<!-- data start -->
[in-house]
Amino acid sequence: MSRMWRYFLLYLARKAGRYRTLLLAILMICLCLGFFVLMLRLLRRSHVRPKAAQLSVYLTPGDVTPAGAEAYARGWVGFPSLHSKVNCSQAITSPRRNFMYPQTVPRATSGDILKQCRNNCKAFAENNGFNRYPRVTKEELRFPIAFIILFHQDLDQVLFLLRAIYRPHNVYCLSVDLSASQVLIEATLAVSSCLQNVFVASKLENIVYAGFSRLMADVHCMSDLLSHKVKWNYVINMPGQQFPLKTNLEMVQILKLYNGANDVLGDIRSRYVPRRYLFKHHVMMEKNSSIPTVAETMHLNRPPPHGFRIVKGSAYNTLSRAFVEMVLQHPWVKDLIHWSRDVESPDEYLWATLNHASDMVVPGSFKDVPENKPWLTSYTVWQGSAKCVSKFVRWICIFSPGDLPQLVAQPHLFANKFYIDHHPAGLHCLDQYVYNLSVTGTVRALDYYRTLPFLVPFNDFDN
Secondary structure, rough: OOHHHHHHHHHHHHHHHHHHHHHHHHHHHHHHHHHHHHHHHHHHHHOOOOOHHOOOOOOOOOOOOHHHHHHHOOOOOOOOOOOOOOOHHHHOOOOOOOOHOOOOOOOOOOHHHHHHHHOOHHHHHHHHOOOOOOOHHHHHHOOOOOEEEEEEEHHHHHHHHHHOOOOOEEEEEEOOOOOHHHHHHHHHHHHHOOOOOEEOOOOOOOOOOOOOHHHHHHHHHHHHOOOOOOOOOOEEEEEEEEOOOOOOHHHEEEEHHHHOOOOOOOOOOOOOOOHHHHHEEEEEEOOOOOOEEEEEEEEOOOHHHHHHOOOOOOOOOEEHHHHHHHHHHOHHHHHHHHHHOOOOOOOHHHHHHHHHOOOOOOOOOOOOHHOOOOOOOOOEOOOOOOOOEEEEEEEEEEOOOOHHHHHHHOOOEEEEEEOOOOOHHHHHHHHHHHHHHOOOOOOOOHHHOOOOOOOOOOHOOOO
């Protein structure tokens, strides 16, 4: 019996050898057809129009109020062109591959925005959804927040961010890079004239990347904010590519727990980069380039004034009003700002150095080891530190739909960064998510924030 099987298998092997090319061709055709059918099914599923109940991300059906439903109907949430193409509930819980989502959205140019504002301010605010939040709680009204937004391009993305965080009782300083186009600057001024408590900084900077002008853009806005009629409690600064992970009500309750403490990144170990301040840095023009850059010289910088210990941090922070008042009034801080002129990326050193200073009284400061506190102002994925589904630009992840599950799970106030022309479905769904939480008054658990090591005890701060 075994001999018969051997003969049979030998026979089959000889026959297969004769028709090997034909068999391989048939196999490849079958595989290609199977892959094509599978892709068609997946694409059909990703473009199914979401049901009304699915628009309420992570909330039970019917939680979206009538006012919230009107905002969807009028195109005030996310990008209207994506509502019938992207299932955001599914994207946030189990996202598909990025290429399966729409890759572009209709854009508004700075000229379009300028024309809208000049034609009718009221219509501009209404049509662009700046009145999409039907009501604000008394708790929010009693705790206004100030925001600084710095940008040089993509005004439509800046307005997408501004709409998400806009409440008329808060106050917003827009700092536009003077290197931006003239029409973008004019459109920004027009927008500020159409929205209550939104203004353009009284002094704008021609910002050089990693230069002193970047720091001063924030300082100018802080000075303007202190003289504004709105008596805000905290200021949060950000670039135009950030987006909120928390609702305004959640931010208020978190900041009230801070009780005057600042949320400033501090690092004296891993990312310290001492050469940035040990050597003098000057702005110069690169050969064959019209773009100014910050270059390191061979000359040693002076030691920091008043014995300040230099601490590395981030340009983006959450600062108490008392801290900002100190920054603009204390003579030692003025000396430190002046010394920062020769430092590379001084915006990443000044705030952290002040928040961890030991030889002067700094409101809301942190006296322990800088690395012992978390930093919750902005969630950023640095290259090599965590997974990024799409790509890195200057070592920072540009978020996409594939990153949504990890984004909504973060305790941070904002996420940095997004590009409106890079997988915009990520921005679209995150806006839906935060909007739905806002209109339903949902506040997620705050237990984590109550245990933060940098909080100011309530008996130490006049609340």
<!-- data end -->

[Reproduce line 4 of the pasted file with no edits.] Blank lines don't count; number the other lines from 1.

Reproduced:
């Protein structure tokens, strides 16, 4: 019996050898057809129009109020062109591959925005959804927040961010890079004239990347904010590519727990980069380039004034009003700002150095080891530190739909960064998510924030 099987298998092997090319061709055709059918099914599923109940991300059906439903109907949430193409509930819980989502959205140019504002301010605010939040709680009204937004391009993305965080009782300083186009600057001024408590900084900077002008853009806005009629409690600064992970009500309750403490990144170990301040840095023009850059010289910088210990941090922070008042009034801080002129990326050193200073009284400061506190102002994925589904630009992840599950799970106030022309479905769904939480008054658990090591005890701060 075994001999018969051997003969049979030998026979089959000889026959297969004769028709090997034909068999391989048939196999490849079958595989290609199977892959094509599978892709068609997946694409059909990703473009199914979401049901009304699915628009309420992570909330039970019917939680979206009538006012919230009107905002969807009028195109005030996310990008209207994506509502019938992207299932955001599914994207946030189990996202598909990025290429399966729409890759572009209709854009508004700075000229379009300028024309809208000049034609009718009221219509501009209404049509662009700046009145999409039907009501604000008394708790929010009693705790206004100030925001600084710095940008040089993509005004439509800046307005997408501004709409998400806009409440008329808060106050917003827009700092536009003077290197931006003239029409973008004019459109920004027009927008500020159409929205209550939104203004353009009284002094704008021609910002050089990693230069002193970047720091001063924030300082100018802080000075303007202190003289504004709105008596805000905290200021949060950000670039135009950030987006909120928390609702305004959640931010208020978190900041009230801070009780005057600042949320400033501090690092004296891993990312310290001492050469940035040990050597003098000057702005110069690169050969064959019209773009100014910050270059390191061979000359040693002076030691920091008043014995300040230099601490590395981030340009983006959450600062108490008392801290900002100190920054603009204390003579030692003025000396430190002046010394920062020769430092590379001084915006990443000044705030952290002040928040961890030991030889002067700094409101809301942190006296322990800088690395012992978390930093919750902005969630950023640095290259090599965590997974990024799409790509890195200057070592920072540009978020996409594939990153949504990890984004909504973060305790941070904002996420940095997004590009409106890079997988915009990520921005679209995150806006839906935060909007739905806002209109339903949902506040997620705050237990984590109550245990933060940098909080100011309530008996130490006049609340």